You’ll pry food trucks from our cold dead hands.
That’s one of the takeaways from a new Reason-Rupe poll that surveyed 2,000 young adults for their thoughts on politics and government regulations. Among millennials, 81 percent want to legalize food trucks, making them the most popular of the 13 activities and products Reason-Rupe asked about in its polling.
Read More: 9 Facts You Didn’t Know About Food Trucks
Allowing mobile vendors to work freely topped support for plastic bags (66 percent) and buying incandescent light bulbs (64 percent) as well as new developments in technology like wearing Google Glass in public (66 percent), online gambling (58 percent), and the cryptocurrency Bitcoin (49 percent). As Emily Ekins of the Reason Foundation put it, “millennials don’t like to be nannied, opting for personal choice over regulation.”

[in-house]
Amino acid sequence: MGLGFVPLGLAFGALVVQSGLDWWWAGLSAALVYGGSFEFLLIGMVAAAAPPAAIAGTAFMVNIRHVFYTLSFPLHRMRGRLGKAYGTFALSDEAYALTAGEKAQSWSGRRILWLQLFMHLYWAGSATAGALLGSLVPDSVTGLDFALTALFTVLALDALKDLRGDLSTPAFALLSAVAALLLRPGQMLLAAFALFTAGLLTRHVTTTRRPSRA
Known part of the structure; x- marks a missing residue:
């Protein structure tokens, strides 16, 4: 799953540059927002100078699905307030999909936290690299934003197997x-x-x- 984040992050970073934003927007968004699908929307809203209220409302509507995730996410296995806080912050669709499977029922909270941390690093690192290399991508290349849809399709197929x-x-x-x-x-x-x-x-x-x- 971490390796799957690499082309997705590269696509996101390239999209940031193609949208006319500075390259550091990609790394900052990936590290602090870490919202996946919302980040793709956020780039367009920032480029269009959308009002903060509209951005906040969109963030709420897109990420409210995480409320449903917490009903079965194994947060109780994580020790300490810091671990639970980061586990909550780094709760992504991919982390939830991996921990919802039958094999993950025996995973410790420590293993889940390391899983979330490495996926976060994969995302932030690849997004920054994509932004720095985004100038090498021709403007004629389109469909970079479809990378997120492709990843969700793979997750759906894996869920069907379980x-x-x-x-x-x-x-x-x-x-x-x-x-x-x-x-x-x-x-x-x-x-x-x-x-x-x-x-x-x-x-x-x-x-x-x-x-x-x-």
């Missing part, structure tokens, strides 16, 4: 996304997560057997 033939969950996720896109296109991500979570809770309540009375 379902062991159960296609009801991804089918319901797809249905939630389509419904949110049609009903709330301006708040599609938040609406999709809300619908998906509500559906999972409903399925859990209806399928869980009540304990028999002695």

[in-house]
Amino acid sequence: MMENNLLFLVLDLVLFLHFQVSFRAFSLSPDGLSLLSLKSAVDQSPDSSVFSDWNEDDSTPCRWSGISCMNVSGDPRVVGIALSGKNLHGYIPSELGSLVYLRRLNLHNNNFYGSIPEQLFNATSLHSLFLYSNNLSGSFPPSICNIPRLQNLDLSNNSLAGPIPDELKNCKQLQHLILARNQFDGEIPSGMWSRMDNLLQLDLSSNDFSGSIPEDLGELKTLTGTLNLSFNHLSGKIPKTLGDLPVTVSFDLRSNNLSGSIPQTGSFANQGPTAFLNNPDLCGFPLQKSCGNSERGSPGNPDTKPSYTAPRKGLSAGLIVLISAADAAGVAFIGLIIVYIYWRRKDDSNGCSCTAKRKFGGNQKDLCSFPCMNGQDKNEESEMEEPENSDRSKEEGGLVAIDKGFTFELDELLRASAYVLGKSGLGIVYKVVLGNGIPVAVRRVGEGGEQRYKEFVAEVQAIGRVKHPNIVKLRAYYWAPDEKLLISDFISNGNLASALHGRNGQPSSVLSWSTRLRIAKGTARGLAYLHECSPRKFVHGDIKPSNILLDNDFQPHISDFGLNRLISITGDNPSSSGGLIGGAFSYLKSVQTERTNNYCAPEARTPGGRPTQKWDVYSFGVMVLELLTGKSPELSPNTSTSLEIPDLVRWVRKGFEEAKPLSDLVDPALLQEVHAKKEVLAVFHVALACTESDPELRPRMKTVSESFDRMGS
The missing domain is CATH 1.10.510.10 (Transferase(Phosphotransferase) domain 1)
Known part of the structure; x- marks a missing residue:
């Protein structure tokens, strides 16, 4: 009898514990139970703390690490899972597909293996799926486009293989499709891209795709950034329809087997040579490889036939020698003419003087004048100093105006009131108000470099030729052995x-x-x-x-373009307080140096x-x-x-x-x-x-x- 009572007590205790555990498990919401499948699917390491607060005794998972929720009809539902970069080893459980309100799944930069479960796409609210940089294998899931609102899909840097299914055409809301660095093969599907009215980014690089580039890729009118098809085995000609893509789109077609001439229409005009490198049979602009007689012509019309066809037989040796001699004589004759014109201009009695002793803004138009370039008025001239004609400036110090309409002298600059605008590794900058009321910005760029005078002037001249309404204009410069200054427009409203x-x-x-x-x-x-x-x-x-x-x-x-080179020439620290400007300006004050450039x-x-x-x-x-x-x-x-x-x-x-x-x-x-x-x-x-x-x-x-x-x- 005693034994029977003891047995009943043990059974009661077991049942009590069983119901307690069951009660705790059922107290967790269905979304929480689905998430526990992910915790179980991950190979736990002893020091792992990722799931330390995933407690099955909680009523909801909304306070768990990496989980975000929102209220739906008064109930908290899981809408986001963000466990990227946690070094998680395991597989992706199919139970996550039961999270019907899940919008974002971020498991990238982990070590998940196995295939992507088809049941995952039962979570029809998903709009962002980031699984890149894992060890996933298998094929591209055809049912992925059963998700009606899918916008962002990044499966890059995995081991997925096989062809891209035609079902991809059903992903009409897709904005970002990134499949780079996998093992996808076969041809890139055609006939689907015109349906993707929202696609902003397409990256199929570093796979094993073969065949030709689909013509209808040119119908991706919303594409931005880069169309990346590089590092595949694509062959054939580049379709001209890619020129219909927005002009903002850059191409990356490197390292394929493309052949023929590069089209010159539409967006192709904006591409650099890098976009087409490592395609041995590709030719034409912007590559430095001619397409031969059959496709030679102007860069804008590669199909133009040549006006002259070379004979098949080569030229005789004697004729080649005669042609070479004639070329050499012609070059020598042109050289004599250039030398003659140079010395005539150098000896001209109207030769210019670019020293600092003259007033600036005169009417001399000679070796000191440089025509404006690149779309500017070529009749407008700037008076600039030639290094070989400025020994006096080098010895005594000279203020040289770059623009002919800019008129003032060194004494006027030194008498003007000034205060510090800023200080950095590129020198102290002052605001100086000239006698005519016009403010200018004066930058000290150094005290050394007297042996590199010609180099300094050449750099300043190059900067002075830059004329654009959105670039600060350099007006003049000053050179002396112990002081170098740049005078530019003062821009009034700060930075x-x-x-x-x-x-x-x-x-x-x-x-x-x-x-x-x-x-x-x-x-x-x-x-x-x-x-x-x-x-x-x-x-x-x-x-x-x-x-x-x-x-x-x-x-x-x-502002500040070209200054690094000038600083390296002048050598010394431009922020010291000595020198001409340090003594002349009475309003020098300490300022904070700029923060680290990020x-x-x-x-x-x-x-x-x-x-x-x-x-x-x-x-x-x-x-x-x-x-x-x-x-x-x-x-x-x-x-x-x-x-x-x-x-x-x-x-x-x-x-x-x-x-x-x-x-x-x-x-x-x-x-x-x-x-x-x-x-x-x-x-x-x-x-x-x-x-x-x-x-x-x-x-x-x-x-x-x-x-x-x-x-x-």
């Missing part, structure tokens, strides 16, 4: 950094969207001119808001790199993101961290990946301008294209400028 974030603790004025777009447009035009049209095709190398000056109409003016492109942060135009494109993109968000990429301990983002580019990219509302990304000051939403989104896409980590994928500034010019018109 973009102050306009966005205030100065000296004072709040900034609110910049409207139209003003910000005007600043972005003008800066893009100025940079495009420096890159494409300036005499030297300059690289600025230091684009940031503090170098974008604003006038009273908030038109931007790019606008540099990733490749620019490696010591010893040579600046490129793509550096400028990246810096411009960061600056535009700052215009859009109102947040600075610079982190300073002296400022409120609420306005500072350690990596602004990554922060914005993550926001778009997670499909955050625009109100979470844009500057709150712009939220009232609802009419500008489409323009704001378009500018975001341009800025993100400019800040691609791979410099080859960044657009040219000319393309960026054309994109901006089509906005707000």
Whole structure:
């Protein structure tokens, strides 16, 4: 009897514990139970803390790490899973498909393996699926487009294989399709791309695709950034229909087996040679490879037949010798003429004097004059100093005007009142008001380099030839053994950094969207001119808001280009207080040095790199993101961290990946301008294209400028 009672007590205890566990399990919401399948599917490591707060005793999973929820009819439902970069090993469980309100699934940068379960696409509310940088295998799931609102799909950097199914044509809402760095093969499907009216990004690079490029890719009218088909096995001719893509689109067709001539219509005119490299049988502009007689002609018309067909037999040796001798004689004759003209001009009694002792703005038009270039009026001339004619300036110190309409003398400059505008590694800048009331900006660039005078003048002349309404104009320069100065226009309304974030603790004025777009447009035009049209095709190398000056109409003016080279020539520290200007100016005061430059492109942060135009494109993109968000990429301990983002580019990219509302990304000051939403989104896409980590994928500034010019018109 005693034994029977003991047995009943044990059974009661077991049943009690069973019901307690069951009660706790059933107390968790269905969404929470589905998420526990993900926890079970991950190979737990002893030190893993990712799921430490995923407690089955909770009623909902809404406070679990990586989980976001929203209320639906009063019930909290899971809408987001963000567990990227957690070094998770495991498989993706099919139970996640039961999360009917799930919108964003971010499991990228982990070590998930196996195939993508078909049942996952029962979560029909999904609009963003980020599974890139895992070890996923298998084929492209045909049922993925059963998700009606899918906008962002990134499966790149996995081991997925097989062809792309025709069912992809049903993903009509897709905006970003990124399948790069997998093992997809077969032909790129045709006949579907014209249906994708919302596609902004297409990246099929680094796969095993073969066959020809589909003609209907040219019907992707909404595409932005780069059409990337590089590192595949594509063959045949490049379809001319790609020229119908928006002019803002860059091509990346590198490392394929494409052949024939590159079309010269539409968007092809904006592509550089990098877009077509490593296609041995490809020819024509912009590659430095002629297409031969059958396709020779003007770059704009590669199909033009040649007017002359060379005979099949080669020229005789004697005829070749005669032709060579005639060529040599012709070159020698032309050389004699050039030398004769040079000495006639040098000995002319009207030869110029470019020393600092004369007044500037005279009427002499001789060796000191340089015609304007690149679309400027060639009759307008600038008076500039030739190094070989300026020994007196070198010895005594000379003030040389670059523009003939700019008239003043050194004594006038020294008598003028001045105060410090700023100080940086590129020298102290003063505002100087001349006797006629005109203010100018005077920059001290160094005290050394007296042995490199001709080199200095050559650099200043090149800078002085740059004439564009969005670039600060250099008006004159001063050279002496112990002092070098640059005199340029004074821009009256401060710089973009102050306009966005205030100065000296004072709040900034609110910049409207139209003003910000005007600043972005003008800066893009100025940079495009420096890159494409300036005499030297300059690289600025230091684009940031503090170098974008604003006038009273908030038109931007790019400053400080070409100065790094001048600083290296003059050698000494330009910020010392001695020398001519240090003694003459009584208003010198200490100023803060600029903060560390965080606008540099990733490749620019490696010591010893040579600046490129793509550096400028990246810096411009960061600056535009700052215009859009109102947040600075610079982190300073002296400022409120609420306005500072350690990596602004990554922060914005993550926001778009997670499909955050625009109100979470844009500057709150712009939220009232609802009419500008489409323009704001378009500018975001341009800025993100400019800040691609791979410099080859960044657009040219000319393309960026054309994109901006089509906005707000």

While food trucks are generally popular across the country, too many cities are trying to run them off the streets. Since food trucks are as safe—and often safer—than restaurants, the main motivation behind these bans appears to be eliminating competition for brick-and-mortar eateries.
The Institute for Justice is currently suing Chicago for its strict regulations on food trucks, which include a 200-foot ban on vending near any fixed business that serves food. After IJ filed a similar lawsuit against El Paso, it scrapped its 1,000-foot proximity ban.
Through its National Street Vending Initiative, the Institute for Justice has worked with grassroots activists in over two dozen cities and consulted food trucks and street vendors in nearly another two dozen.
— Nick Sibilla
Nick Sibilla is a writer at the Institute for Justice